Last edited 12 May 2021

Types of beam

Columns and beams.jpg


[edit] Introduction

Beams are structural elements that resists loads applied laterally to their axis. They typically transfer loads imposed along their length to their end points where the loads are transferred to walls, columns, foundations, and so on.

Beams may be:

  • Simply supported: that is, they are supported at both ends but are free to rotate.
  • Fixed: Supported at both ends and fixed to resist rotation.
  • Overhanging: overhanging their supports at one or both ends.
  • Continuous: extending over more than two supports.
  • Cantilevered: supported only at one end. See Cantilever for more information.

They may be statically determinate, that is, their reactions can be solved using equilibrium conditions, or they can be statically indeterminate.

Historically, beams were formed from timber, but they may also be manufactured from steel, or concrete or they may be composite constructions.

A wide variety of cross section shapes are commonly available, including; square, rectangular, circular, I-shaped, T-shaped, H-shaped, C-shaped, tubular, and so on.

Beams may be straight, curved or tapered.

[edit] Common beams (not comprehensive, please add to this list)

[edit] Universal beam

A universal beam (UB) is a beam with an 'I' or 'H'-shaped cross-section available in variety of standard sizes. It is a very efficient form for carrying bending and shear loads in the plane of the web.

The standard method for specifying the dimensions of a standard hot-rolled steel section includes using initials to designate the type of section. For example:

'UB 203 x 133 x 25' – A universal beam of nominal dimensions 203 mm deep, 133 mm wide, and weight 25 kg/m.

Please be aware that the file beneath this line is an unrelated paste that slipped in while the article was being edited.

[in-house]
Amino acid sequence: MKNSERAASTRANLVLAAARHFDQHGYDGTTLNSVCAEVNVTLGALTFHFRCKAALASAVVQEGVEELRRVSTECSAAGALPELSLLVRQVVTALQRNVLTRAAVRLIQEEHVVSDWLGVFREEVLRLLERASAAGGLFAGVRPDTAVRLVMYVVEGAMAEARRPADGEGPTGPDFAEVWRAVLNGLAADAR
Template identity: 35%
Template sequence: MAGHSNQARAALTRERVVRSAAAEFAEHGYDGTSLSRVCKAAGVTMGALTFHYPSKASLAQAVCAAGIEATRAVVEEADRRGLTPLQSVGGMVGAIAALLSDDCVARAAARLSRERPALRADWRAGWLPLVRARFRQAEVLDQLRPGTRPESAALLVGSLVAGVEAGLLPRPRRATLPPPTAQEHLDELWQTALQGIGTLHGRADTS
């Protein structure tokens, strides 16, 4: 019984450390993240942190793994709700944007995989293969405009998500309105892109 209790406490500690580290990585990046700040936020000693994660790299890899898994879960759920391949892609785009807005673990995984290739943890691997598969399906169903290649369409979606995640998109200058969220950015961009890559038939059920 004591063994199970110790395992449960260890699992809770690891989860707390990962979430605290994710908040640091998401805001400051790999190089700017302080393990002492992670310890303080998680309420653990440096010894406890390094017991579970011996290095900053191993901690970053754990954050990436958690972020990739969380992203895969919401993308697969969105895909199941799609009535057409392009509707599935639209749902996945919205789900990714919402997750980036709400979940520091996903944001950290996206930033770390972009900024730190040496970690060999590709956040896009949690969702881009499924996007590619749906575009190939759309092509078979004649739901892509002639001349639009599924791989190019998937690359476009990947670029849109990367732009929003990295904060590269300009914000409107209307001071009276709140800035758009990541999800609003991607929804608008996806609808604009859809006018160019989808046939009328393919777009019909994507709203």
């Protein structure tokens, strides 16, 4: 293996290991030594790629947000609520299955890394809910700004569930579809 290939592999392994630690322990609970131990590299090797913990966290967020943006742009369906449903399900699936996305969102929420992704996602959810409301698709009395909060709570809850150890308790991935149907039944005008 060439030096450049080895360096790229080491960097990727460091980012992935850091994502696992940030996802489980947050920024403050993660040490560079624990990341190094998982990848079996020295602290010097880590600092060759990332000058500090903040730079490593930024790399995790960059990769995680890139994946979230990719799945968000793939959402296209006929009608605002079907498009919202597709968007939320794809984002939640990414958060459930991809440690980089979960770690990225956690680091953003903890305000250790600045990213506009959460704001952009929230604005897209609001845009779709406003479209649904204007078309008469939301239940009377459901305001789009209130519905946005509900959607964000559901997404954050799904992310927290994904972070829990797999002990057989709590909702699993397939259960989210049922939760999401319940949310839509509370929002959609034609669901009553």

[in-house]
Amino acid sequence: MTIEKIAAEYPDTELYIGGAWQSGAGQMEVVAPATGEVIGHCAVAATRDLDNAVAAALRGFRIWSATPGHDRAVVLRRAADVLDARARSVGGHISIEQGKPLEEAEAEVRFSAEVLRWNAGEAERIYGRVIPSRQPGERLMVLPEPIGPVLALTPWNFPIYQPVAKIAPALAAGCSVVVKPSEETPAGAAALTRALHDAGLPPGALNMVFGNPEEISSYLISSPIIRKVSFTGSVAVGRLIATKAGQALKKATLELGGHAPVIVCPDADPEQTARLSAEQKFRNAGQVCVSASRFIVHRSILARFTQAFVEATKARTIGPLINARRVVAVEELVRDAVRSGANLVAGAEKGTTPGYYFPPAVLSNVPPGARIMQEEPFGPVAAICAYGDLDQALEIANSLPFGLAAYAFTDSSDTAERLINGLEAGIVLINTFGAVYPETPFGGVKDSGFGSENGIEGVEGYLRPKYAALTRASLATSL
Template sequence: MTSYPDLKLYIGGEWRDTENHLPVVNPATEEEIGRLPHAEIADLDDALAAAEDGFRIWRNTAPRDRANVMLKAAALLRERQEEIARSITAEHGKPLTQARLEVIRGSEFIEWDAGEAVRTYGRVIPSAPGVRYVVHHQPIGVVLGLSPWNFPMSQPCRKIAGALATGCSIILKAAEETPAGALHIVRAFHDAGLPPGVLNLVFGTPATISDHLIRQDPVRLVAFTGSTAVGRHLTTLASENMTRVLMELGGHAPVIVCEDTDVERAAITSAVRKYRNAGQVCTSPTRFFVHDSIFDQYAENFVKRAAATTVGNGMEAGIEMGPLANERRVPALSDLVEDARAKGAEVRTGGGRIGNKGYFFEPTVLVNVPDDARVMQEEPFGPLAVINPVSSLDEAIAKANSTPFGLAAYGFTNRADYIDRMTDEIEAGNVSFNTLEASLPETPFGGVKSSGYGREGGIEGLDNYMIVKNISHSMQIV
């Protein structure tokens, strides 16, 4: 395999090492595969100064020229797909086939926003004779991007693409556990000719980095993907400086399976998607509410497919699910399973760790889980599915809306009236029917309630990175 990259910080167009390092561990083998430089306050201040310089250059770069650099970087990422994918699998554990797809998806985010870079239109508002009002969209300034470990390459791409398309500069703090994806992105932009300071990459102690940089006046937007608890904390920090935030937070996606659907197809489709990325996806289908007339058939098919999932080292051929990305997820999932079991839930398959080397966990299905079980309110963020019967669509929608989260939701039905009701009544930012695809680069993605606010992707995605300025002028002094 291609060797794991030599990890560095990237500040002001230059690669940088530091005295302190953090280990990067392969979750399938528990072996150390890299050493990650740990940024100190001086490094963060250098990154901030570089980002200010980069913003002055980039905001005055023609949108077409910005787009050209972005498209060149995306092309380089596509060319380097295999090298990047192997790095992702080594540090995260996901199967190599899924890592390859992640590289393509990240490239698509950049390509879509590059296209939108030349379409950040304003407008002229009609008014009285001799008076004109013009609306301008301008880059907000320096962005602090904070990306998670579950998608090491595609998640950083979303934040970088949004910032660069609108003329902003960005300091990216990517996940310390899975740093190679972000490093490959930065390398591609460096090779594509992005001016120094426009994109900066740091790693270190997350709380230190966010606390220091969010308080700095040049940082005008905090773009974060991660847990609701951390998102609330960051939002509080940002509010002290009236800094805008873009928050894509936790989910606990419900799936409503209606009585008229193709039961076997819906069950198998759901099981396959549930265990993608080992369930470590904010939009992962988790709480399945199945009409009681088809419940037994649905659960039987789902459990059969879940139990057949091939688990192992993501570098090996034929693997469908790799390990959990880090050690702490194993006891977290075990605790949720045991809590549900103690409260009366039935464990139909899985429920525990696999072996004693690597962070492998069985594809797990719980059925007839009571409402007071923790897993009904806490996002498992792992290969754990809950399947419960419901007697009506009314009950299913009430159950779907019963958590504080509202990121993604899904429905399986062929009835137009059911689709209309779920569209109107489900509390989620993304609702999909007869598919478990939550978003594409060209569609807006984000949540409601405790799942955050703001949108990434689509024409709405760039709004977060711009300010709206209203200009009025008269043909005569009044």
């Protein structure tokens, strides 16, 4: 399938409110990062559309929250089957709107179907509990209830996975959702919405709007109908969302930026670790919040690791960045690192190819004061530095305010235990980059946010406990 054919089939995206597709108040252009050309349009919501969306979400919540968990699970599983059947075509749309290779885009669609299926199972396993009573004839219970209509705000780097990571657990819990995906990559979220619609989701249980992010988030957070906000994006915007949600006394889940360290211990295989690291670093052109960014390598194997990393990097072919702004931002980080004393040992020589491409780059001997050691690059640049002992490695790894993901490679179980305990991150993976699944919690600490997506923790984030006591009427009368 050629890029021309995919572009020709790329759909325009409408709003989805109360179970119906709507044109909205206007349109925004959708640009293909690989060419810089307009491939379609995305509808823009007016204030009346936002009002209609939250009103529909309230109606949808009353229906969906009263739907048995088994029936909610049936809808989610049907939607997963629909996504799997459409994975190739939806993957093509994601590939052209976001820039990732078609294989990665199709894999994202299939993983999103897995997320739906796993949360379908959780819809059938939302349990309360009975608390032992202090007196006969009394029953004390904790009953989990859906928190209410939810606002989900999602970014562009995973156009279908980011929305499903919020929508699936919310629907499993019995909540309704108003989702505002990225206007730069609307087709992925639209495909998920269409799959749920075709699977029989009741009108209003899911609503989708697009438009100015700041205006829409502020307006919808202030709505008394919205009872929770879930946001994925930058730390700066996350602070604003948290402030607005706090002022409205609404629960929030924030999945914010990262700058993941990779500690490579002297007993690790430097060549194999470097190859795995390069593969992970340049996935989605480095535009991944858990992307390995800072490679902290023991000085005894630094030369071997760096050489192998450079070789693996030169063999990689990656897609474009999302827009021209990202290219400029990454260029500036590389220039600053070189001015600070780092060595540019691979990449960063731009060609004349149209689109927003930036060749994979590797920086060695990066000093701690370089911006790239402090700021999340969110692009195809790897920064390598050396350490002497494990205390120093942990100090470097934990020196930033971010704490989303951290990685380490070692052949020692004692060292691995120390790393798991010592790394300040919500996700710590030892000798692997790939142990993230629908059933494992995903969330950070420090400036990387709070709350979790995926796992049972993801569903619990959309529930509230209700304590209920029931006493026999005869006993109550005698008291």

[edit] Trussed beam

Trussed beams are strengthened by the addition of cables or rods to form a truss

[edit] Hip beam

Hip beams are common in roofs, where they form the angled, inclined hip of the roof, supporting other load-bearing beams (or rafters) which branch away from them on either side and slope down to the eaves.

[edit] Composite beam

Composite beams are beams formed from two or more dissimilar materials, such as concrete-steel beams. Downstand beams, flitch beams and shallow floors are examples of composite beams.

See Concrete-steel composite structures for more information

[edit] Open web beam

Open web beams are commonly used for structures that require long spans with light-to-moderate loading.

See Open web beam for more information.

[edit] Lattice beam

Lattice beams are an alternative to open web beams and can be used for spans of up to 15 m with high depth-to-weight ratios. They can be plate girder lattice beams or tubular lattice beams.

See Lattice beam for more information.

[edit] Beam bridge

Beam bridges are simple forms of bridges comprising a beam-like deck supported at both ends by abutments or piers.

See Beam bridges for more information.

[edit] Chilled beam

Chilled beams are used to provide cooling to the internal spaces of buildings. Typically, chilled beams are distributed regularly across the ceiling of a space. They include chilled water pumped through copper cooling coils bonded to aluminium fins that cool air by convection.

See Chilled beam for more information.

[edit] Tie beam

'A horizontal beam connecting two rafters in a roof or roof truss.' Ref Drawing for Understanding, Creating Interpretive Drawings of Historic Buildings, published by Historic England in 2016.

[edit] Related articles on Designing Buildings Wiki


Designing Buildings Anywhere

Get the Firefox add-on to access 20,000 definitions direct from any website

Find out more Accept cookies and
don't show me this again